Neurophilosophy is a branch of philosophy that focuses on explaining the nature of the mind, mental functions, consciousness, and other elusive mental properties and their relationship to the physical brain. It is a growing interdisciplinary field that seeks to offer neuroscientific explanations and philosophical insight for concepts of contention in the philosophy of the mind, such as the topic of human morality. In the recently published Braintrust, neurophilosophy pioneer Dr. Patricia S. Churchland presents a series of valuable challenges and arguments in addressing the “roots” of morality. She provides thorough neuroscientific evidence of the biological components that play highly specific roles in morality. This challenges the current priority given to “absolute truth,” pure reason, and religion as explanations of the origins of morality. This is an exceptional example of how neurophilosophy deconstructs the philosophies that we hold dear and exposes the raw science behind some of our most cherished values.
Churchland posits, “Moral values ground a life that is a social life.” This goes to say an individual’s moral values offer solutions, strategies, and general beliefs when it comes to evaluating interpersonal interactions. Caring and theory of mind are two important social skills that have strong neuropsychological origins.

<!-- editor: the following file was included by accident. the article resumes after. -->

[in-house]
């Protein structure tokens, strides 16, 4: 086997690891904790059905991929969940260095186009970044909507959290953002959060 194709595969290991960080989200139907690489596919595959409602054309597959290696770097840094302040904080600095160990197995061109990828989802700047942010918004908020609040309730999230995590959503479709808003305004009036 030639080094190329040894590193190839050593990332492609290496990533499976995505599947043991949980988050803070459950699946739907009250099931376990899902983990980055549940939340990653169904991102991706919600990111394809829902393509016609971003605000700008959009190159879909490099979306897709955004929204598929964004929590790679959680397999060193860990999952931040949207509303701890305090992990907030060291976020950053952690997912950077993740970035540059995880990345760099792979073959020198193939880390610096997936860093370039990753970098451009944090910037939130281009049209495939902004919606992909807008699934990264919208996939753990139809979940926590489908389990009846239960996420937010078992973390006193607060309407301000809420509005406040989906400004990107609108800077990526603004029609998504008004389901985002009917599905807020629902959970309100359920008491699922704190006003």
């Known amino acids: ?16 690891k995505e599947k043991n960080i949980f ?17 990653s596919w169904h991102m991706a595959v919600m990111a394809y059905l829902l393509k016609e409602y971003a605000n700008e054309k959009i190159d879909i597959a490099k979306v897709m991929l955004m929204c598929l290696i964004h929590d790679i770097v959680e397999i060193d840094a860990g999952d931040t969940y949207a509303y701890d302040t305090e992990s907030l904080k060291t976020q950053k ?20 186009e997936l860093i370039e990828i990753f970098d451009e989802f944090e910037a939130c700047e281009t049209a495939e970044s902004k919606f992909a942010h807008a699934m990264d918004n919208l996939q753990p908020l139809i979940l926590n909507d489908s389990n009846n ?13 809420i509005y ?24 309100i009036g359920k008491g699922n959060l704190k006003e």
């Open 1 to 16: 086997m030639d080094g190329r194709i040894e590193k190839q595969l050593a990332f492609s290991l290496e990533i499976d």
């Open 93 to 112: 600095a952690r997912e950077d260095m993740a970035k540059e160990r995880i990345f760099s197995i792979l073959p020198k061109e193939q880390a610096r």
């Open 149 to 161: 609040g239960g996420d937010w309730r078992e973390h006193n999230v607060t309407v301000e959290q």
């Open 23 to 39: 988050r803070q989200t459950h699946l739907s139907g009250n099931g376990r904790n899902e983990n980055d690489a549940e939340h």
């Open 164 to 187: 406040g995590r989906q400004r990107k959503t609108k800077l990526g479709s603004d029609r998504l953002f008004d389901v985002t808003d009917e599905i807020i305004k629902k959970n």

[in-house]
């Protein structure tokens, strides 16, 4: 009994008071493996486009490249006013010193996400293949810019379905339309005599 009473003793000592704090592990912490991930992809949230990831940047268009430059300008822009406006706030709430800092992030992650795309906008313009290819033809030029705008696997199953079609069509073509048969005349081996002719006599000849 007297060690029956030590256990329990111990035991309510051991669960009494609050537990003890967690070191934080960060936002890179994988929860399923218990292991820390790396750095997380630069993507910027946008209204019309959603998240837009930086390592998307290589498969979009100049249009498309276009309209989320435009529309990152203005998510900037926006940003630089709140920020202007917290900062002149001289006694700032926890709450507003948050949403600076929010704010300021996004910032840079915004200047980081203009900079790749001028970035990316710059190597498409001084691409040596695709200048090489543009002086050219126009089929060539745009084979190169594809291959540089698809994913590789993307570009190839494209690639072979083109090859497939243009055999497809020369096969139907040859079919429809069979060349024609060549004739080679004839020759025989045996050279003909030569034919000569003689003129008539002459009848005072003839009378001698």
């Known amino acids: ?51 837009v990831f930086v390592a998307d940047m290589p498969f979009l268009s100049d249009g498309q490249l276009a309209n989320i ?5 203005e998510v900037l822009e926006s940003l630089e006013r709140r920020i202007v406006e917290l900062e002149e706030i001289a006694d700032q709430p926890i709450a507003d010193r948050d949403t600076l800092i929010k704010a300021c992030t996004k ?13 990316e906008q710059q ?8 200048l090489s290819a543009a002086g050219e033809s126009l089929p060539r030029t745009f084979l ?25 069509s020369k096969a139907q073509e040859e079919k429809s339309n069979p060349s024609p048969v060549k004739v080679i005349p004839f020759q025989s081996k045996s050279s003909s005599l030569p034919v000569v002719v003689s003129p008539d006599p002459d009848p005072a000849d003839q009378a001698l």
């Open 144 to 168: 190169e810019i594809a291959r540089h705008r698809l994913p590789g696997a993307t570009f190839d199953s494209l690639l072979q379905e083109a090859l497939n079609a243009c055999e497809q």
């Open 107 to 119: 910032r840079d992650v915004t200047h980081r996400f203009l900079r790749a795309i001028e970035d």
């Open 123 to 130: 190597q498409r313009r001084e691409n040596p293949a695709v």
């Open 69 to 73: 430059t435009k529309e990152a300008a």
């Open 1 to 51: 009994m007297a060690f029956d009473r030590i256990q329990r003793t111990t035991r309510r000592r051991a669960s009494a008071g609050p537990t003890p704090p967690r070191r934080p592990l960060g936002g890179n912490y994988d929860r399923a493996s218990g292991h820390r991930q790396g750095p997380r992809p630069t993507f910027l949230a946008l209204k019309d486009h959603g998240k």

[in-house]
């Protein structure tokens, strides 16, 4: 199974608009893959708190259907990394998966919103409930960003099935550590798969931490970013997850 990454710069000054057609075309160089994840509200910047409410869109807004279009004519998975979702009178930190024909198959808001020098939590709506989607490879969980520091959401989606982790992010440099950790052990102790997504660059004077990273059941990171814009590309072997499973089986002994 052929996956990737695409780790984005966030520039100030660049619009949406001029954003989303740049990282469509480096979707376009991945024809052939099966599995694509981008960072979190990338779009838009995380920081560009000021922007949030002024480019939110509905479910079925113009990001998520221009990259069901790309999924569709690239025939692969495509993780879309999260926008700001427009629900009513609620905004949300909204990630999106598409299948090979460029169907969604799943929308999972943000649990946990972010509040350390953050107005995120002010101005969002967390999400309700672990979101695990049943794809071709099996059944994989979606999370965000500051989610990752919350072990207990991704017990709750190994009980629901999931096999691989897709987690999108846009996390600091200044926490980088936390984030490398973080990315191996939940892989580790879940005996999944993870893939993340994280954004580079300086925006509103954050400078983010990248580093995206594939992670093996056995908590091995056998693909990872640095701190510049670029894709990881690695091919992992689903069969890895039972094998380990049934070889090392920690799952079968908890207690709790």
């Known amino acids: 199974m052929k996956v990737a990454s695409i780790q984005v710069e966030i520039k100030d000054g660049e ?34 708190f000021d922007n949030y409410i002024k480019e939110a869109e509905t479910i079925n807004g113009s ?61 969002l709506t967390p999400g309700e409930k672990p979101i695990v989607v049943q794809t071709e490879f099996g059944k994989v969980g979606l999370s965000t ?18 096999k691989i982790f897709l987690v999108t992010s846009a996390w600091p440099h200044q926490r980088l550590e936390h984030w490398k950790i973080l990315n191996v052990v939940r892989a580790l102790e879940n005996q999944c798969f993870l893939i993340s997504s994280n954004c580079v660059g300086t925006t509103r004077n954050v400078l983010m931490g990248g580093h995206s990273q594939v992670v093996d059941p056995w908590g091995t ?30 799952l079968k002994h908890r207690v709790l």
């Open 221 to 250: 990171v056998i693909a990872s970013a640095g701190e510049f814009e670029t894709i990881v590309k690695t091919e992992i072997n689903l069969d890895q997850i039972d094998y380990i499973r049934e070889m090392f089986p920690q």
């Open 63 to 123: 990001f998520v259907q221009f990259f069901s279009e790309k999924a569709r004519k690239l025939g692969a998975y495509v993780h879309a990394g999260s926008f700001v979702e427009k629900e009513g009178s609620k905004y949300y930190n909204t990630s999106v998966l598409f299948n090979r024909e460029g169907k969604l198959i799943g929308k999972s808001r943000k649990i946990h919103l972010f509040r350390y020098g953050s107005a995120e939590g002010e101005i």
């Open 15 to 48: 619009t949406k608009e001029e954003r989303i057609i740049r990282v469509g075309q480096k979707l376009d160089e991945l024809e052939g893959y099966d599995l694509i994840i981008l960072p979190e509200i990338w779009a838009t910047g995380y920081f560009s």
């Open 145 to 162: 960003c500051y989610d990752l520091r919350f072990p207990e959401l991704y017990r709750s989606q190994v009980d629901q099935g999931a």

Caring about the well-being of other humans is a trait that has evolved over millions of years. The simple, ancient peptides oxytocin and arginine vasopressin play significant roles in the perpetuation of attachment and concern for other people by interacting with chemicals in the brain that affect one’s mood (e.g. serotonin) and sex hormones. Oxytocin and arginine vasopressin are naturally released in the hypothalamus—a part of the brain that often acts as a control center of hormone excretion. After release, oxytocin and arginine vasopressin diffuse widely to other parts of the brain, including the nucleus accumbens (a part of brain that is involved in reward processing), the septum (a part of the brain that is involved in regulating sexual behavior), and various other areas of the brain that play a role in the regulation of parenting. Oxytocin and arginine vasopressin influence the pleasure of sexual intimacy and tending to one’s offspring and lowering stress levels. Therefore, the release of these peptides is often associated with positive emotions and recognition of familial duties.